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'Red Shirts' threaten civil war if opposition disbands Thai gov't

BANGKOK -- Thousands of pro-government “Red Shirts” massed in Thailand's capital Saturday to challenge attempts by opposition protesters to hand power to an unelected regime, warning that the kingdom was lurching towards “civil war.”

The dismissal of Prime Minister Yingluck Shinawatra and nine ministers by the Constitutional Court this week for the improper transfer of a top security official has plunged the restive kingdom deeper into crisis.

Officials said about 3,000 police officers were on standby for the pro-government rally on the western outskirts of Bangkok on Saturday, with turnout expected to peak in the evening.

Holding aloft portraits of Yingluck, the red-clad movement said it would keep up the protest for as long as it deemed necessary to defend the wounded administration.

“The Red Shirts cannot accept the undemocratic and unconstitutional appointment of a prime minister,” said chairman Jatuporn Prompan, denouncing a call by the opposition for judges, the Senate president and other prominent figures to choose a new premier.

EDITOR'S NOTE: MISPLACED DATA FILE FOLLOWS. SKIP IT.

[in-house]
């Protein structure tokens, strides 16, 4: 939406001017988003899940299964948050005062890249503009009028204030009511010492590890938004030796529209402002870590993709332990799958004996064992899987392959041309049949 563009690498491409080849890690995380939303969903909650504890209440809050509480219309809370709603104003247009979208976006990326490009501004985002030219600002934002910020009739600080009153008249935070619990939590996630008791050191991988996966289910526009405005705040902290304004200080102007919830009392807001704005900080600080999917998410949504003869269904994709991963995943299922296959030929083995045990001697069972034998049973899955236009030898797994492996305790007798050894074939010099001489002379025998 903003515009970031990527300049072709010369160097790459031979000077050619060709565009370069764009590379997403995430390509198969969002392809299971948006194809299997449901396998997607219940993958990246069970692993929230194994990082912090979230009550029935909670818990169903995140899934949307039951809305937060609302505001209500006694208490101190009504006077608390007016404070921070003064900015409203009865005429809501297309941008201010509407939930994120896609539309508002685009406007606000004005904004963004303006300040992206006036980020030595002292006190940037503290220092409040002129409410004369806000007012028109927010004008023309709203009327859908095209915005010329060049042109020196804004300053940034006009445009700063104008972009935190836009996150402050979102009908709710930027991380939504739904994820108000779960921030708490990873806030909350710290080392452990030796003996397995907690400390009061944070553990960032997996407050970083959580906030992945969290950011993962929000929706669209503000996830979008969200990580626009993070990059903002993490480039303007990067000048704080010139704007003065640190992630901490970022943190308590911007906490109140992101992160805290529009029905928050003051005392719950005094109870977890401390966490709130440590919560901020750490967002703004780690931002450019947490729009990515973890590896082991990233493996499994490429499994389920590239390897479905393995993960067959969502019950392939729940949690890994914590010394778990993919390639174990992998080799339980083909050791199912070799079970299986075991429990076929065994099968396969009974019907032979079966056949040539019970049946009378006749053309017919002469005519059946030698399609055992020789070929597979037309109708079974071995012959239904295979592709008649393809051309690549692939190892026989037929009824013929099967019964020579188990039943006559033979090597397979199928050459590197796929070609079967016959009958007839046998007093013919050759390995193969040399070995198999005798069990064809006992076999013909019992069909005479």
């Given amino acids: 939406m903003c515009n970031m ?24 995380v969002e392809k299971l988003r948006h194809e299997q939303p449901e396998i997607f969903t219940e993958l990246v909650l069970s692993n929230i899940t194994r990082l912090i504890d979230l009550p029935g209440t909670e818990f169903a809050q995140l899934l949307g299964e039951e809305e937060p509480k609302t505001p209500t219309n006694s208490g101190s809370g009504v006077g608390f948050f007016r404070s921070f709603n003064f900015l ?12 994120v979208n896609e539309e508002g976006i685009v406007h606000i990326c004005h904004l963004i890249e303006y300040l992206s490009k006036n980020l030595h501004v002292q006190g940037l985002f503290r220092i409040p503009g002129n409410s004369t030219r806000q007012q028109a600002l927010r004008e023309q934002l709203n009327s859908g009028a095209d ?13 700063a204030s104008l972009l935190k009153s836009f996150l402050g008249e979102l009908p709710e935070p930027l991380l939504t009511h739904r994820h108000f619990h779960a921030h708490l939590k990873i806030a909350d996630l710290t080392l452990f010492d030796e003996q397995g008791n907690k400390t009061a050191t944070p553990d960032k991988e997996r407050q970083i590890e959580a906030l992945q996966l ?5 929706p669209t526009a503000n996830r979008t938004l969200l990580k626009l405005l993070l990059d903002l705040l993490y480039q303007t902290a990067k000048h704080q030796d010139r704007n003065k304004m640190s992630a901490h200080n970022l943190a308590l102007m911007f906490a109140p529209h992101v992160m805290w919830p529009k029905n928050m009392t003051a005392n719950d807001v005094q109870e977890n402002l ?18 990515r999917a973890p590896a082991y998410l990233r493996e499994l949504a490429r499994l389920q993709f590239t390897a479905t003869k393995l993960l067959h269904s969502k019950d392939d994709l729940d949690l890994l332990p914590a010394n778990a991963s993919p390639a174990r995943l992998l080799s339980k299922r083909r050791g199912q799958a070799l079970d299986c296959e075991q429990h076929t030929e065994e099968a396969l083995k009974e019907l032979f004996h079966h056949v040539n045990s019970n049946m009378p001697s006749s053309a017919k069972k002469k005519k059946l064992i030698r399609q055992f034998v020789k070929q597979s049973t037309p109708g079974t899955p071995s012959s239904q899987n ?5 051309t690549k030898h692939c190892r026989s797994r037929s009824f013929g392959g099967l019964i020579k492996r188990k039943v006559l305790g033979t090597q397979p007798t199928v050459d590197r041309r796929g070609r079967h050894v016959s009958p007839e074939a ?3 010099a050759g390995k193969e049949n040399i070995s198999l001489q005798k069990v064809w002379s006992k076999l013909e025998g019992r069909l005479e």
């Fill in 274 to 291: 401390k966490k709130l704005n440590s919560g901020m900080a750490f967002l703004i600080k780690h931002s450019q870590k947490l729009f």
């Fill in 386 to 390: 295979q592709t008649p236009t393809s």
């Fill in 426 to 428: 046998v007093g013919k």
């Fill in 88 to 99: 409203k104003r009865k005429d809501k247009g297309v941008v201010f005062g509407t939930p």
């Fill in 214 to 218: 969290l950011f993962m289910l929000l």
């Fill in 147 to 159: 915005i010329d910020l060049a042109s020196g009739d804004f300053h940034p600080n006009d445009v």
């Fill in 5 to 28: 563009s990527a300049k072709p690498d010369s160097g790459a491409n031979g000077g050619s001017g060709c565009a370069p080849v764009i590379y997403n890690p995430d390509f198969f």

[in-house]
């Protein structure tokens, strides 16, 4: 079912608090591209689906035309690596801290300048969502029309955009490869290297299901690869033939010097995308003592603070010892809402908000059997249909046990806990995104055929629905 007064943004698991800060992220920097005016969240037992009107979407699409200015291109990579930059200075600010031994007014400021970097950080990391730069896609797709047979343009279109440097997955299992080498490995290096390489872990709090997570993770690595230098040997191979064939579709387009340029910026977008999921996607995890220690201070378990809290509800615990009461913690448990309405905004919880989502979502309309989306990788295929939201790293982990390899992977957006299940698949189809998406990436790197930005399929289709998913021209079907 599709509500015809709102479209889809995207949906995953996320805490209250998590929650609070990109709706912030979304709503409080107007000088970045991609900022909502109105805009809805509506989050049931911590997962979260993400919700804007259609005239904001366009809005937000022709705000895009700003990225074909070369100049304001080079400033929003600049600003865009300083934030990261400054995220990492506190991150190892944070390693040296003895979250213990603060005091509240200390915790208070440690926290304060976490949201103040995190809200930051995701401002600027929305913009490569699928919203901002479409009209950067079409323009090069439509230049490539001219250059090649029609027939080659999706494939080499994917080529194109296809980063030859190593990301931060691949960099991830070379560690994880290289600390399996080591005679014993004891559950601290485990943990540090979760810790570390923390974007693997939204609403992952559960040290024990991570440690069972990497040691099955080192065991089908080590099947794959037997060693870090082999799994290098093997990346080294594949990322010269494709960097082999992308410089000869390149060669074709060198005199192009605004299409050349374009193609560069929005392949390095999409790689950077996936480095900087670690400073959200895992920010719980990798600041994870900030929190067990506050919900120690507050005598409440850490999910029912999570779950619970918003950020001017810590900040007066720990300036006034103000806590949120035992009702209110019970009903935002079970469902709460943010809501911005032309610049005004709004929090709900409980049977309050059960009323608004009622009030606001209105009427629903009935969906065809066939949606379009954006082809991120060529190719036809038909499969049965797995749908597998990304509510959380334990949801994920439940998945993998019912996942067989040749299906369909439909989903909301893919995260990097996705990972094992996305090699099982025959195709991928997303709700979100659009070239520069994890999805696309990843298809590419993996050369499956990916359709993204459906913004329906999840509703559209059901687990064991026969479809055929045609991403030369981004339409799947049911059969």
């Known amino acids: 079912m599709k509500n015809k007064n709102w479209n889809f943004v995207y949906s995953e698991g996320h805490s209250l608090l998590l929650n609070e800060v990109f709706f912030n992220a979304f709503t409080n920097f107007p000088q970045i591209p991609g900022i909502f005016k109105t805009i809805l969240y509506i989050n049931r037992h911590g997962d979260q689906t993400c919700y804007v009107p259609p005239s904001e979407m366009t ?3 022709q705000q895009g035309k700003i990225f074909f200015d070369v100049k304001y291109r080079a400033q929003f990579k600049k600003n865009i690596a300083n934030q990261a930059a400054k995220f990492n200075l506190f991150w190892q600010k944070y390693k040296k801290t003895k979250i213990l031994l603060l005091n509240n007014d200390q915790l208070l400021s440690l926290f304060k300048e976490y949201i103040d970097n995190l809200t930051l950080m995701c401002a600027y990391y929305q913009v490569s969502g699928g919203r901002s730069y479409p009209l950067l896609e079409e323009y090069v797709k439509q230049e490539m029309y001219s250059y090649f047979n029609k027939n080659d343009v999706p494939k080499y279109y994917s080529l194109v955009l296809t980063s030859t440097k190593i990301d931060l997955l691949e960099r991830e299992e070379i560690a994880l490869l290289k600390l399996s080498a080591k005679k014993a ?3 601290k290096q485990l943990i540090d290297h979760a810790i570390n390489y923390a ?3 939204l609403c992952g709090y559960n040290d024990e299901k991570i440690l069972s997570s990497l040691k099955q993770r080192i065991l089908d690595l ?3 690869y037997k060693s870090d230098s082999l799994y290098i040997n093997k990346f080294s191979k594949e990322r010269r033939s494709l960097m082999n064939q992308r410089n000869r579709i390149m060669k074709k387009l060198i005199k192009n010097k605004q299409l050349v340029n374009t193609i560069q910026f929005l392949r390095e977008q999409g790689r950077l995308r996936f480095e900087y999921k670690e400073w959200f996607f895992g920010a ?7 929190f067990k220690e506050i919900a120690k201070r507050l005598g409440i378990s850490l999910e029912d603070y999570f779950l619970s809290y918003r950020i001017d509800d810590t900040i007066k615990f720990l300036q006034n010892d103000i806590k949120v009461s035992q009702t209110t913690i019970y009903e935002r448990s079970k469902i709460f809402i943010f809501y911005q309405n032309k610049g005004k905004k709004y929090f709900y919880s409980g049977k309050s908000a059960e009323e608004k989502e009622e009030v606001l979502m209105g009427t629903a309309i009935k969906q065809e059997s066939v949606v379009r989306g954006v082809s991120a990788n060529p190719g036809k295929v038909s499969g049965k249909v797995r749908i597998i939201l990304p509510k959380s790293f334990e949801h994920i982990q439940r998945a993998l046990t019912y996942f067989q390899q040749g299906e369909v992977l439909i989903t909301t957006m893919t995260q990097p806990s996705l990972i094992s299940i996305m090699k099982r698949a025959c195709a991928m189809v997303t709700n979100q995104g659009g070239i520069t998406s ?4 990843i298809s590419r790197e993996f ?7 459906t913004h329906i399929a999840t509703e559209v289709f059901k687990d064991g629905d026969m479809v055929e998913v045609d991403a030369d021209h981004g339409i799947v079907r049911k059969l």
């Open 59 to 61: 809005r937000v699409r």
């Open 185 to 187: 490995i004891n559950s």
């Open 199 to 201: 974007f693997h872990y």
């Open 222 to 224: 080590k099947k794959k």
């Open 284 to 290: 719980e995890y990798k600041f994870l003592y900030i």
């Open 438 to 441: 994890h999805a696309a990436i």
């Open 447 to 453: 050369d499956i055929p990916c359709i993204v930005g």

“It would be the beginning of a disaster for the country that will lead to civil war,” he said.

Opposition demonstrators are gearing up to try to deliver a knock-out blow to the remnants of the government, to enable an unelected leadership to take the reins of the Southeast Asian nation and oversee vague reforms they say would tackle corruption.

Such a move would infuriate supporters of Yingluck and her elder brother Thaksin Shinawatra, a former premier who was deposed by royalist generals in a coup in 2006, an event that ushered in years of political turmoil.

A military crackdown on Red Shirt protests against the previous government left dozens dead in central Bangkok in 2010.

Coup Fears

The specter of the military seizing power also looms constantly over Thailand, which has seen 18 successful or attempted coups since 1932.

“The government is spending its energies hoping to keep military action at bay,” said Paul Chambers, director of research at the Institute of South East Asian Affairs at Chiang Mai University.

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A pro-government protester holds an image of former Thai Prime Minister Yingluck Shinawatra during a rally in Bangkok on Saturday, May 10. (AP)

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